A Passion for Peace

Responsibility, respect and a loving connection with all beings and for this Earth we share.

Now That's What I Call Customer Service

Last week my landlady didn't sign for a package for me, I got a delivery attempt notice the next day, and thus precipated a series of calls, at least five calls and 20 minutes/day because I was either hung up on, put on hold and then hung up on, put on hold and transferred to someone new I had to start over with, put on hold and transferred to someone new I had to start over with and then hung up on...etc. Every time I finally got through I was promised the package would be delivered that very afternoon for sure. I was promised that on Thursday, and Friday, and Saturday, didn't bother to call Sunday, and on Monday was told the package was returned to sender in Calcutta. My response to this was to call exactly a bazillion times, insist I speak to a manager and refuse to be put on hold. I think this strategy just caused even more transfers and allowed for exciting eavesdropping of employees fiddling with wrappers and munching on their lunches. I also refused their first solution that I needed to call the sender and see if they received the returned package and can remail it. I said, it's your (TNT, evil courier) fault, you figure it out. Finally, I was told actually it wasn't returned to sender and a local carrier would call me. If you think I got a call, I have some oceanfront property in Switzerland to sell. Then tonight I got home and found a package on my bed. The card reads:
To Jenifer Peter JOhn [typo intentional]
Wish You A Very
Happy And Cheerful
Birthday. God Bless
You Chellam.
Selvaraj P.
and contains a plastic candy dish, bag of cashews and bag of raisins. Upon consulting my friend who surreptitiously asked "how the dried fruit was" a few days ago, I discovered this was intended to be a sweet Christmas gift and what I eventually received was not what he ordered. His turn to yell. (Photo: two angles of yet another flower I can't identify)


Then again, when a friend and I went to midnight mass on Christmas Eve the chairs were being stacked, because it had been held at 9 o'clock instead. And to top off the Scrooge-i-ness, on Christmas during a game of table tennis at the sports' club, someone stole my friend's phone out of her purse (we suspect the light-eyed watchman who kept walking in and out and made us keep the purses by his desk, because when we first called her phone someone answered and we heard music in the background of a holiday party in another part of the club, clearly the work of his co-conspirator!). A coworker keeps saying, "I promise, we're really normal, we Indians. I don't know how you meet so many weirdos and have so much trouble." I know by now when a store tells me they'll order a book and call me I better ask another store to do the same, and that between them I have about a 10% chance it'll come. I'm onto you, Indian customer service! The irony is, India is the outsource hot spot for US customer service. I know it can be done well here. Maybe it's another instance of doing something better for the white folks... (Photo: random local Christmas cheer)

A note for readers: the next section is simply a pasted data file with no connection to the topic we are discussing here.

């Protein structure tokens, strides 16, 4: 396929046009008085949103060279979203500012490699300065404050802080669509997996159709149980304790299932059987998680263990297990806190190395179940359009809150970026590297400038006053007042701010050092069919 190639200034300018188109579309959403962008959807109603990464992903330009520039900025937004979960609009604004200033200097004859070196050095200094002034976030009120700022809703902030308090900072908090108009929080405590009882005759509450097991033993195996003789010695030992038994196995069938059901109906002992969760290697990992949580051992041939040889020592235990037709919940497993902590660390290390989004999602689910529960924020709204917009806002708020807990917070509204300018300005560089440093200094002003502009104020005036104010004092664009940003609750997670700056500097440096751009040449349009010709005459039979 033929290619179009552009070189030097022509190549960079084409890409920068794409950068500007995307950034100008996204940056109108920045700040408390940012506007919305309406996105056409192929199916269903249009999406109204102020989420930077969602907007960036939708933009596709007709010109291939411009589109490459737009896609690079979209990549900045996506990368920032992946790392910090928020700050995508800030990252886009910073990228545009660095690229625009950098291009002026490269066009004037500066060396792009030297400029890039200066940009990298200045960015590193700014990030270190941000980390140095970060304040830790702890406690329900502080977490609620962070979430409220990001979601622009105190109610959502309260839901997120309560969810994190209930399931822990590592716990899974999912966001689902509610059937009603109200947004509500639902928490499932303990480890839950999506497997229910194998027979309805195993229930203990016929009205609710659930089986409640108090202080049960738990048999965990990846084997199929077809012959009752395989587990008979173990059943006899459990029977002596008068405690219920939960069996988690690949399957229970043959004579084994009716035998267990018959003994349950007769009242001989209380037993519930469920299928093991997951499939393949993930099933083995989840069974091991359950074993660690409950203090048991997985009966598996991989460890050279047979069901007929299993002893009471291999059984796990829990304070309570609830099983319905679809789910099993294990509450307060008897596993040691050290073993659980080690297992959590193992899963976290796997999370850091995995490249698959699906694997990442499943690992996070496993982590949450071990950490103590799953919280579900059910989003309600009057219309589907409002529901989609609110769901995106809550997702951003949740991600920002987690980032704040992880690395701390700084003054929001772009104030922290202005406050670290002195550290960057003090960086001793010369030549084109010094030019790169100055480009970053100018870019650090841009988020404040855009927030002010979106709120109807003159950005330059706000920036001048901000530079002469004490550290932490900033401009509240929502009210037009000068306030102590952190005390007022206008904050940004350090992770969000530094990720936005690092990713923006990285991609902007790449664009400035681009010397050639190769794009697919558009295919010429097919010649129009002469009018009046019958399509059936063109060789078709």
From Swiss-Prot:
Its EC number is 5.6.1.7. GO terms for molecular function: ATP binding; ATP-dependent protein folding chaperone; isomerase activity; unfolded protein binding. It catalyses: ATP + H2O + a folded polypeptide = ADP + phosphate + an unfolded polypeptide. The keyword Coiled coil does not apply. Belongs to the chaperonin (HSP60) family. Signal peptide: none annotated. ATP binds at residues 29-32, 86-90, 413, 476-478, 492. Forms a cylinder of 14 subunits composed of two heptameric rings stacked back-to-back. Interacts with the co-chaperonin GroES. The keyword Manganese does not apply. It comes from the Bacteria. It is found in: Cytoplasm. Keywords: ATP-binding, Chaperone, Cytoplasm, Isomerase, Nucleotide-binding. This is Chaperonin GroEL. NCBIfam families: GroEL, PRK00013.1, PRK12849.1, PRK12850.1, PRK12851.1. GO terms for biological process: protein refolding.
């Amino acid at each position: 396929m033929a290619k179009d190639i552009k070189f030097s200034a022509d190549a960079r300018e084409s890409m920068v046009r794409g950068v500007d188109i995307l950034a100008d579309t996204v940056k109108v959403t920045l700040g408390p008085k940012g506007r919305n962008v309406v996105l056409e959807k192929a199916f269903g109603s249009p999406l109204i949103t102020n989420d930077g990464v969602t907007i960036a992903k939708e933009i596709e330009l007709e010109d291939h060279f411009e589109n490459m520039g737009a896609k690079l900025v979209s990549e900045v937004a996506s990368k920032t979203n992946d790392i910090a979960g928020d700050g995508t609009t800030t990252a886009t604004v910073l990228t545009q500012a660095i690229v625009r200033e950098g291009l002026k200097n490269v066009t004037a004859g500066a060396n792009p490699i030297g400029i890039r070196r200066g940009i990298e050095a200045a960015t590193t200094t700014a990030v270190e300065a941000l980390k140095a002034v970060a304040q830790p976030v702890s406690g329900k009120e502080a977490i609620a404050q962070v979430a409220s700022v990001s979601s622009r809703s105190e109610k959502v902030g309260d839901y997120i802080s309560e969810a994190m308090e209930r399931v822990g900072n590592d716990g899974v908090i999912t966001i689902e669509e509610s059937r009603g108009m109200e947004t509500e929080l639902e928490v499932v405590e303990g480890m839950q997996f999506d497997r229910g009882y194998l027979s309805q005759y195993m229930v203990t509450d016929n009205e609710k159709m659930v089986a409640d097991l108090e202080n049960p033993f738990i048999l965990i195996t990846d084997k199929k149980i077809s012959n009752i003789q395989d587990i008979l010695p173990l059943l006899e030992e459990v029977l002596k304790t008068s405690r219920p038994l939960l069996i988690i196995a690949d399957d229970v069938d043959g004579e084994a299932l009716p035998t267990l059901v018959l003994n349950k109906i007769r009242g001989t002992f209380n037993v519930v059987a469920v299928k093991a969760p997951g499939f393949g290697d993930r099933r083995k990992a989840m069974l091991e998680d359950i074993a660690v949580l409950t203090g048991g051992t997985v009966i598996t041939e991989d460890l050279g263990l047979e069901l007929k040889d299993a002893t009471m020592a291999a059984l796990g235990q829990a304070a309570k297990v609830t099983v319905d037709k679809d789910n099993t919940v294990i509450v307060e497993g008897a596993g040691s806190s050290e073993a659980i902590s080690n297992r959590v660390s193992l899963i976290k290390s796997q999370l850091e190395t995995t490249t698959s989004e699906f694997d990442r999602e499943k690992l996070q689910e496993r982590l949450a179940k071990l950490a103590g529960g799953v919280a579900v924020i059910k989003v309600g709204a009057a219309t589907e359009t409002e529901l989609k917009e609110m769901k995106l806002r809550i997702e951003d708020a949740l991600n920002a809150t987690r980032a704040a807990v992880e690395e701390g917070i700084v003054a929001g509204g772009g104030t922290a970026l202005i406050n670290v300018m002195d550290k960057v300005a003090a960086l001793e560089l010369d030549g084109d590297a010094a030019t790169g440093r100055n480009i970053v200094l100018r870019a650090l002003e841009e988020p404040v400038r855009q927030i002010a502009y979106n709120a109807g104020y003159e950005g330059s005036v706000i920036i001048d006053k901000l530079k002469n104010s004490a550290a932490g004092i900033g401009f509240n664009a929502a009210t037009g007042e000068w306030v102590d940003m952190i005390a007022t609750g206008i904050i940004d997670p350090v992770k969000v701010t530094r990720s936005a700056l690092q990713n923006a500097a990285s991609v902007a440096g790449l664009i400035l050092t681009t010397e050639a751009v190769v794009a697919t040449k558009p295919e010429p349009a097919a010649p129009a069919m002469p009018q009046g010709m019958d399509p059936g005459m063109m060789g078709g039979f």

Cleaning being done well, however, I'm not so sure. The concept of using different rags for, oh, say, the bathroom and the kitchen counter hasn't caught on, nor has using cleaning products other than water unless I buy an unopened bottle and hand it to the maid, which guarantees she will go product-crazy and use the entire 2 liters (litres, India?) in one small bathroom. Also, cleaning appears to be like the proverbial tree in the forest: if no one's home, she doesn't have to clean or do dishes, and somehow thinks we won't notice when we get home? Try again. My roommates seem to believe this as well: today I put a fresh roll of toilet paper in the bathroom, it disappeared around noon, and reappeared at night as an entirely empty roll. 

Also, despite poor customer service at the previous medical center, either I am the universal giver (O-), another lab is wrong, my blood type changed, or my US records have been wrong for a really long time. Knowing one's blood type is a useful thing, and not just for Japanese horoscopes. Public service announcement of the day: next time you get a blood test, throw in a blood typing. While I'm at it, turn off your appliances when you're not using them, yay florescent light bulbs and rechargeable batteries and fans instead of a/c and all that climate jazz. And I like Thomas Friedman.

Ad in a magazine: "I only want to marry a man who's too smart to marry me!" I have no idea what it was advertising, but I laughed out loud in the beauty parlor and garnered more stares than on a normal day. Then I walked outside and saw this:



I'm off to Thailand tomorrow--Happy New Year and full blue moon (whether you see a rabbit or man, or neither like me)!

Posted byValerie at 3:47 AM  

4 comments:

Malina said... January 5, 2010 at 10:27 AM  
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Malina said... January 5, 2010 at 10:27 AM  
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Anonymous said... January 11, 2010 at 9:52 PM  
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Valerie said... February 8, 2010 at 5:48 PM  
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